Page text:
Sleep well. That’s something I often say to my children and grandchildren when speaking with them in the evening. Studies show how important sleep is for us in so many ways. Now new studies are linking the need for sleep and the reduction of Alzheimer’s disease.

Scientists have documented numerous connections between sleep loss and memory loss. Chronic sleep deprivation causes injury to parts of the brain that are essential in maintaining attention and forming and storing memories.

Currently, there is an interest in how this relates to Alzheimer’s disease. People with Alzheimer’s tend to waken often through the night. At this point it is uncertain whether the poor sleep contributes toward a cause of the disease or is only a symptom. Dr Erik Musiek, assistant professor of neurology at Washington University in St. Louis says that new research suggests that sleep and circadian rhythm problems early in life may contribute to the risk of Alzheimer’s and accelerate the disease.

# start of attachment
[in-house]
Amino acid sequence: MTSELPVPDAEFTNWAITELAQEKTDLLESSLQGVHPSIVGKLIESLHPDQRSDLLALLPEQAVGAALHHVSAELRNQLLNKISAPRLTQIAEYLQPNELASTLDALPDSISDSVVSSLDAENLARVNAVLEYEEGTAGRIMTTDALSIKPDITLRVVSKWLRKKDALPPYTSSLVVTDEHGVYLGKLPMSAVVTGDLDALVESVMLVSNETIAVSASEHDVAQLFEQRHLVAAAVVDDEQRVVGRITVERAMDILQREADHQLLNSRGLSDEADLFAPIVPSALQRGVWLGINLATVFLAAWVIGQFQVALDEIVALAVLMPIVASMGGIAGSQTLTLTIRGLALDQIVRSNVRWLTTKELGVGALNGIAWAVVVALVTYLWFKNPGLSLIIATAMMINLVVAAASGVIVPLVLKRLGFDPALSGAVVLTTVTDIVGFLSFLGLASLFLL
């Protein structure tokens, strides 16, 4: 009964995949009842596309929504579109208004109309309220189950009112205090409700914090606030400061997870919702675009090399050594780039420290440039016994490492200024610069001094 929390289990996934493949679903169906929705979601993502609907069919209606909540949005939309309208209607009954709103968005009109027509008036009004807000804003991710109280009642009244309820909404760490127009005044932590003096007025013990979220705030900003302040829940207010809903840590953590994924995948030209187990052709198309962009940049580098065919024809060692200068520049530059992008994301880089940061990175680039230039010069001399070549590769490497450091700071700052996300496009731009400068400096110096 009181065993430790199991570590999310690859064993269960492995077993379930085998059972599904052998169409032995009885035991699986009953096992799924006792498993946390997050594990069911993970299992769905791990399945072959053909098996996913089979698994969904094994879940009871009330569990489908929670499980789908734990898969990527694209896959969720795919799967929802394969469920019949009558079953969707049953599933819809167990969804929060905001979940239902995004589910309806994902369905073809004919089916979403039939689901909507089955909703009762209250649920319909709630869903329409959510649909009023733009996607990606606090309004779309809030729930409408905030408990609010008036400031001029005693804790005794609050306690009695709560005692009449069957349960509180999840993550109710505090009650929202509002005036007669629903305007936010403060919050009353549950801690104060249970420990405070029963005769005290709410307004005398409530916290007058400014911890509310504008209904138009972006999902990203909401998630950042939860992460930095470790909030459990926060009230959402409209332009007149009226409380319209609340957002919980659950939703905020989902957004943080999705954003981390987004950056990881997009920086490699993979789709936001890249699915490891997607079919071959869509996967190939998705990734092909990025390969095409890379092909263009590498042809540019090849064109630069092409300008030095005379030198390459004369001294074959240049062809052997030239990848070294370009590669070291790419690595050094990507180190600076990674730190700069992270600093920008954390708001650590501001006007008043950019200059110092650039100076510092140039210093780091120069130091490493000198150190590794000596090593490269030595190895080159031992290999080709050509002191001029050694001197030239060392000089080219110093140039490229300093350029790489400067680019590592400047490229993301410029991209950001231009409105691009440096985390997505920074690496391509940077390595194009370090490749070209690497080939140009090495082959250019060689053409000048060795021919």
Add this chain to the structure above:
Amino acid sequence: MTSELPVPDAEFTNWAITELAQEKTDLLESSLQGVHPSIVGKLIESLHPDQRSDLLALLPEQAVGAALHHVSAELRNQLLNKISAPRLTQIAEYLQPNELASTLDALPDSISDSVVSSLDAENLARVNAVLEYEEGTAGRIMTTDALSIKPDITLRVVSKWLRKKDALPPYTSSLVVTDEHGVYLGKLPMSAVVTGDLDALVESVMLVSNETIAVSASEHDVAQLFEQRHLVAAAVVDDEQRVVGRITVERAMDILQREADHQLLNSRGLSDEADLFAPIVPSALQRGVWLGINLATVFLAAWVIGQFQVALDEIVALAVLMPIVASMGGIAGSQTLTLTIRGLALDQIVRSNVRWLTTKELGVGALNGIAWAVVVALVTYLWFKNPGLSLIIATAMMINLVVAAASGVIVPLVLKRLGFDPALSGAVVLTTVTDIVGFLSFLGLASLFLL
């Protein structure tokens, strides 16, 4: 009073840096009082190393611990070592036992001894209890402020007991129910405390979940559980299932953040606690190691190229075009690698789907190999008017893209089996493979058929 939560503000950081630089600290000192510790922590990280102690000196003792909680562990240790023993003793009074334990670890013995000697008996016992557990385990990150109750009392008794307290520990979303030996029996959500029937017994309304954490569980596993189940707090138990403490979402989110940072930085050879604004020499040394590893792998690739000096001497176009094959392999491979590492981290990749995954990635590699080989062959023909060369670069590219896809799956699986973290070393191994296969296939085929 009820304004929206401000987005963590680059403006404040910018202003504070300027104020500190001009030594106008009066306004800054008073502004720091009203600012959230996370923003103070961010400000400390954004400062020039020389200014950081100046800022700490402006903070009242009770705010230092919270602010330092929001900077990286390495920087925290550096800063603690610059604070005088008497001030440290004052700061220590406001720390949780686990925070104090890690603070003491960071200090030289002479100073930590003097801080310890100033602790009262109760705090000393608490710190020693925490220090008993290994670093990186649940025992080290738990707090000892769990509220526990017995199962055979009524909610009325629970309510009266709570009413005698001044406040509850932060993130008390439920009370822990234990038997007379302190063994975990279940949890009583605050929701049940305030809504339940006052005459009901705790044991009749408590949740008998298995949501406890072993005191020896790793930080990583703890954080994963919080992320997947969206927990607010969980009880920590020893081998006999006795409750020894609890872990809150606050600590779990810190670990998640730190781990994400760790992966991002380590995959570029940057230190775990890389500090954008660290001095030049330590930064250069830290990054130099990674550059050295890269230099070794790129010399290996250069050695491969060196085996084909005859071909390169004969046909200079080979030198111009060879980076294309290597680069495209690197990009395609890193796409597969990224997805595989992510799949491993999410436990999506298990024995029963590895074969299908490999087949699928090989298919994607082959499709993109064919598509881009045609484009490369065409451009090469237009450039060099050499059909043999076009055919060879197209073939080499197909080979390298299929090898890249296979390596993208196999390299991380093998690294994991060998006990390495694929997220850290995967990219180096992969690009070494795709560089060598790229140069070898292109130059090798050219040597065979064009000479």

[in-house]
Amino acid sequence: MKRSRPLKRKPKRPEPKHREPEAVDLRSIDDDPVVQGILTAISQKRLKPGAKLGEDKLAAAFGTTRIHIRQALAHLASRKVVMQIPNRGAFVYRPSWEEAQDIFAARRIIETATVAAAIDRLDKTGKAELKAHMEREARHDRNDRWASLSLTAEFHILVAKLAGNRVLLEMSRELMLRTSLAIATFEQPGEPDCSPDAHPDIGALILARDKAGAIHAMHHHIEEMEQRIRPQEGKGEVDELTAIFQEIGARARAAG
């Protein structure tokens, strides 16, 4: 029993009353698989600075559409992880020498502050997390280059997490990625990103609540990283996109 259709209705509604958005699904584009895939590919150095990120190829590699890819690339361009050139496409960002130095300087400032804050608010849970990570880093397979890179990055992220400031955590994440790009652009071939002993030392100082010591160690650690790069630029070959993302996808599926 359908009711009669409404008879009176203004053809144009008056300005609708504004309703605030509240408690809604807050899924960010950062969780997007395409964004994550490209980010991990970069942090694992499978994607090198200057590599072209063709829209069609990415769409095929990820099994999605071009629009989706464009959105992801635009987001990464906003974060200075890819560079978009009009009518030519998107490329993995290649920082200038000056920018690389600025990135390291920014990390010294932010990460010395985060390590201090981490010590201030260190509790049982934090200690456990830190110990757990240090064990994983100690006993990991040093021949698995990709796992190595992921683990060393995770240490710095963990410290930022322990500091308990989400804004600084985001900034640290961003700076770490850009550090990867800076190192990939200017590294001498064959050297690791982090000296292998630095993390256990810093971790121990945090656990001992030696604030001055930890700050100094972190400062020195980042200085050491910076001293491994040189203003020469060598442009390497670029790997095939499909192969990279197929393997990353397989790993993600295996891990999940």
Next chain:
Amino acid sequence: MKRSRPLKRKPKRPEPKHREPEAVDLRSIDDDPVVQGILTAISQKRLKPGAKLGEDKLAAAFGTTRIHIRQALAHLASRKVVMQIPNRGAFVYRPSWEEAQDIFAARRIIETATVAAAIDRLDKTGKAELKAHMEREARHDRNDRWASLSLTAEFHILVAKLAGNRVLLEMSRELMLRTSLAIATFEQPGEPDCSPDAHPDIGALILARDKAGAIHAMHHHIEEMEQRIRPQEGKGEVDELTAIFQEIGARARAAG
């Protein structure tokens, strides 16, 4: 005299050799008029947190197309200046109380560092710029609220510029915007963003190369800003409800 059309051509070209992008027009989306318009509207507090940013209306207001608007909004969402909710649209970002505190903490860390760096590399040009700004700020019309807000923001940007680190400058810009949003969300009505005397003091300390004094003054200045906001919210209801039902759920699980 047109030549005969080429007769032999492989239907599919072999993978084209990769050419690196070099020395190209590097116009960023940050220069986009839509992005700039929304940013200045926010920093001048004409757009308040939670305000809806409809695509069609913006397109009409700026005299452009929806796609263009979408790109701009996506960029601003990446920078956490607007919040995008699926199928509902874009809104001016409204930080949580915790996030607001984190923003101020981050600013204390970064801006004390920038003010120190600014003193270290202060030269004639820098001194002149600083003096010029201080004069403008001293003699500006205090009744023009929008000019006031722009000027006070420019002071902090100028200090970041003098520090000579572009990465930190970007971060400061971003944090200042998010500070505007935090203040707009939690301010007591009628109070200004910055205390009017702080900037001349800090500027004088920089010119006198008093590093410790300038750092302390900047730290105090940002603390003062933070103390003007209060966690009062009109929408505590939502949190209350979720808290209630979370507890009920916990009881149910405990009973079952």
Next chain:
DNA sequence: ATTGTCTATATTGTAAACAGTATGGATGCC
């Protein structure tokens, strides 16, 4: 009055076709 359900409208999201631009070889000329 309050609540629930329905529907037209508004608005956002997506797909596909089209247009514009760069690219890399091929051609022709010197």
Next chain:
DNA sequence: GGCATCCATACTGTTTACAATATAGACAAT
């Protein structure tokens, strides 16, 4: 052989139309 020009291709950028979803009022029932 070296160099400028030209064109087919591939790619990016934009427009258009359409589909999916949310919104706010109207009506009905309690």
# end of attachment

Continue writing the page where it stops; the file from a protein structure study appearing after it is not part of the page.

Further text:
Studies show sleep-deprived mice accumulate greater amounts of beta-amyloid plaque, a substance believed to damage and destroy brain cells in those with Alzheimer’s. And one finding showed the spinal fluid of mice swirled around the brains while sleeping, cleaning out the protein substance. If this is true for humans, it would greatly reinforce the need for sleep. It would offer a solution in the reduction of the disease.

©2015, Mary K. Doyle

(For an excellent article on this topic, see the November 25, 2015 Chicago Tribune article, “Linking sleep and Alzheimer’s” by Mark Taylor.)

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